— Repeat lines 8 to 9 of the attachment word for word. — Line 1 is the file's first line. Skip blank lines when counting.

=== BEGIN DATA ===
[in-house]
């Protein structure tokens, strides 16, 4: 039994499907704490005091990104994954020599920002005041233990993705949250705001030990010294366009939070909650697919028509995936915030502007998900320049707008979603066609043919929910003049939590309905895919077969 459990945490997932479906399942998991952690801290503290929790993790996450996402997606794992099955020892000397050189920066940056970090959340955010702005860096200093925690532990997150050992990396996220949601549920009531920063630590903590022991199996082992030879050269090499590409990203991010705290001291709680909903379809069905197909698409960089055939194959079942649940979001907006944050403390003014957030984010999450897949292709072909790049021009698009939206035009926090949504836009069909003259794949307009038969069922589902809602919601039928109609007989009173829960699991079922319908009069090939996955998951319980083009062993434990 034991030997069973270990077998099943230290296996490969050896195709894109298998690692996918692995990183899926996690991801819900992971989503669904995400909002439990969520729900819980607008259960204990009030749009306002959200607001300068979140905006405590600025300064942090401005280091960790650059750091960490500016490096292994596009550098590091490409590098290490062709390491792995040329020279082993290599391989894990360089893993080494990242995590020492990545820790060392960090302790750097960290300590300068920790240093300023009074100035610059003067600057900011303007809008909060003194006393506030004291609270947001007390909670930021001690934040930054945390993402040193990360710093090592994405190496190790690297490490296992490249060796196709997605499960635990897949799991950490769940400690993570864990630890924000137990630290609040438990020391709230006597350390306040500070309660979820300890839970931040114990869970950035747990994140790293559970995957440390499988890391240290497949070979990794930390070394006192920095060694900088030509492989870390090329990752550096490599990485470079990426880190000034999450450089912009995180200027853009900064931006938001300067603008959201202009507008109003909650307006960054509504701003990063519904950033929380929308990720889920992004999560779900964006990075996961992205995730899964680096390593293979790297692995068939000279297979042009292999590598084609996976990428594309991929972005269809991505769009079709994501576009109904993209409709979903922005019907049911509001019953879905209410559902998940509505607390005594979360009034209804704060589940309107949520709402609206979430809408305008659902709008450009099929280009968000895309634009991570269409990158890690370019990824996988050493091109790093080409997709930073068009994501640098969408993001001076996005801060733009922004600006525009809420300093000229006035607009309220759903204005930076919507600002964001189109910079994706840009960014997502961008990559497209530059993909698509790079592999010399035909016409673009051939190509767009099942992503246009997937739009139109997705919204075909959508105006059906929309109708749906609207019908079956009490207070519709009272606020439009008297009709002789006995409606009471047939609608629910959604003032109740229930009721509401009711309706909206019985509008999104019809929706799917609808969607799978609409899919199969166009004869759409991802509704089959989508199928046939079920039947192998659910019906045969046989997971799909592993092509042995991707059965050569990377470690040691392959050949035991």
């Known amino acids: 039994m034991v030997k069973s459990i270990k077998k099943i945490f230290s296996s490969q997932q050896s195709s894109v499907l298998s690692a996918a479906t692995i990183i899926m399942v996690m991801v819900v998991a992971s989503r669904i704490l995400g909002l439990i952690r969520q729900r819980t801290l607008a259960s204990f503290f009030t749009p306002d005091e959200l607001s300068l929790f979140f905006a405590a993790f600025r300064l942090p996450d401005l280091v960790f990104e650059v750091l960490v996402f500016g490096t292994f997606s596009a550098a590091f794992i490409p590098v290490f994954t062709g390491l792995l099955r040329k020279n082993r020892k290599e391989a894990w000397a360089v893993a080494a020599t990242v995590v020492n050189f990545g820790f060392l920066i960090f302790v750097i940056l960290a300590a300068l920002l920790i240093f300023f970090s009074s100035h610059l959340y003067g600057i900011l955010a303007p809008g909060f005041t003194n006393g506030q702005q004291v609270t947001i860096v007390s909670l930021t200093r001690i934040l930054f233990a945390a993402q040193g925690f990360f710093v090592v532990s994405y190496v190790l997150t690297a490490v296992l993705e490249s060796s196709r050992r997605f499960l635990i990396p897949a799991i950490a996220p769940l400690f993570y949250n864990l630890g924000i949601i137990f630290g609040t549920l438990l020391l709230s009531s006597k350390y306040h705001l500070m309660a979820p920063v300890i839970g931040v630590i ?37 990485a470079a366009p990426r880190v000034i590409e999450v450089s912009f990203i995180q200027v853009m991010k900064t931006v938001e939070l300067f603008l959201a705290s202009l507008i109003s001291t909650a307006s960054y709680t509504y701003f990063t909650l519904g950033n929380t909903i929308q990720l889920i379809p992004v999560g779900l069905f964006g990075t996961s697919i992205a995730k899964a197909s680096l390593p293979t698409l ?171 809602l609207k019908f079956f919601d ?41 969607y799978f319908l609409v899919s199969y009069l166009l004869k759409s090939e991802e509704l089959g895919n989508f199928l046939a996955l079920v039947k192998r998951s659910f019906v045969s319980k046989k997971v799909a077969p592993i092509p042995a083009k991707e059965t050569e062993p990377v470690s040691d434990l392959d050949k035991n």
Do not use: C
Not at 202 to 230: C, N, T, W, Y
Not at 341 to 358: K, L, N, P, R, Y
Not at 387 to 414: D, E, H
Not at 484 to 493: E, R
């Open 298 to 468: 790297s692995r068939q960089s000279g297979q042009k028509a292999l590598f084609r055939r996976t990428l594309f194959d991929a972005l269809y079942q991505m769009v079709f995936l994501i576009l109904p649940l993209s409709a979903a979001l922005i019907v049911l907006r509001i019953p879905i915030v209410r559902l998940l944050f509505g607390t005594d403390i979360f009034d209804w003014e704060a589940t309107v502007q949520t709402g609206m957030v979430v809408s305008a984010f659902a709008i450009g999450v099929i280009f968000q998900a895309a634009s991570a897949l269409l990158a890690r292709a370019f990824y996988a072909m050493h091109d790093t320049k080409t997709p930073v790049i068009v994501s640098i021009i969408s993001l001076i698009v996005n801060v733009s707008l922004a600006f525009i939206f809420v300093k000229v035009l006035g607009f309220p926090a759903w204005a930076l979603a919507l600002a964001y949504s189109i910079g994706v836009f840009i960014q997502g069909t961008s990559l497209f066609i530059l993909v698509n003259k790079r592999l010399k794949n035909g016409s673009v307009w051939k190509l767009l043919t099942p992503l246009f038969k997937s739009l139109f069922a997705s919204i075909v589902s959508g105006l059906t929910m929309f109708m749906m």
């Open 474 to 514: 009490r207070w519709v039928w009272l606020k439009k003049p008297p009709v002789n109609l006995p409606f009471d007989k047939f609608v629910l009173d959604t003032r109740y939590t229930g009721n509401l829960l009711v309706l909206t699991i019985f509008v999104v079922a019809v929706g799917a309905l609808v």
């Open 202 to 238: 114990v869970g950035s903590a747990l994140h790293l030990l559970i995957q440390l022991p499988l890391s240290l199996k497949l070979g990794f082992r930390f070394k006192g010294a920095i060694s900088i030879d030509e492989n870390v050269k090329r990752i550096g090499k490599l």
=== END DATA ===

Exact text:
Not at 484 to 493: E, R
């Open 298 to 468: 790297s692995r068939q960089s000279g297979q042009k028509a292999l590598f084609r055939r996976t990428l594309f194959d991929a972005l269809y079942q991505m769009v079709f995936l994501i576009l109904p649940l993209s409709a979903a979001l922005i019907v049911l907006r509001i019953p879905i915030v209410r559902l998940l944050f509505g607390t005594d403390i979360f009034d209804w003014e704060a589940t309107v502007q949520t709402g609206m957030v979430v809408s305008a984010f659902a709008i450009g999450v099929i280009f968000q998900a895309a634009s991570a897949l269409l990158a890690r292709a370019f990824y996988a072909m050493h091109d790093t320049k080409t997709p930073v790049i068009v994501s640098i021009i969408s993001l001076i698009v996005n801060v733009s707008l922004a600006f525009i939206f809420v300093k000229v035009l006035g607009f309220p926090a759903w204005a930076l979603a919507l600002a964001y949504s189109i910079g994706v836009f840009i960014q997502g069909t961008s990559l497209f066609i530059l993909v698509n003259k790079r592999l010399k794949n035909g016409s673009v307009w051939k190509l767009l043919t099942p992503l246009f038969k997937s739009l139109f069922a997705s919204i075909v589902s959508g105006l059906t929910m929309f109708m749906m």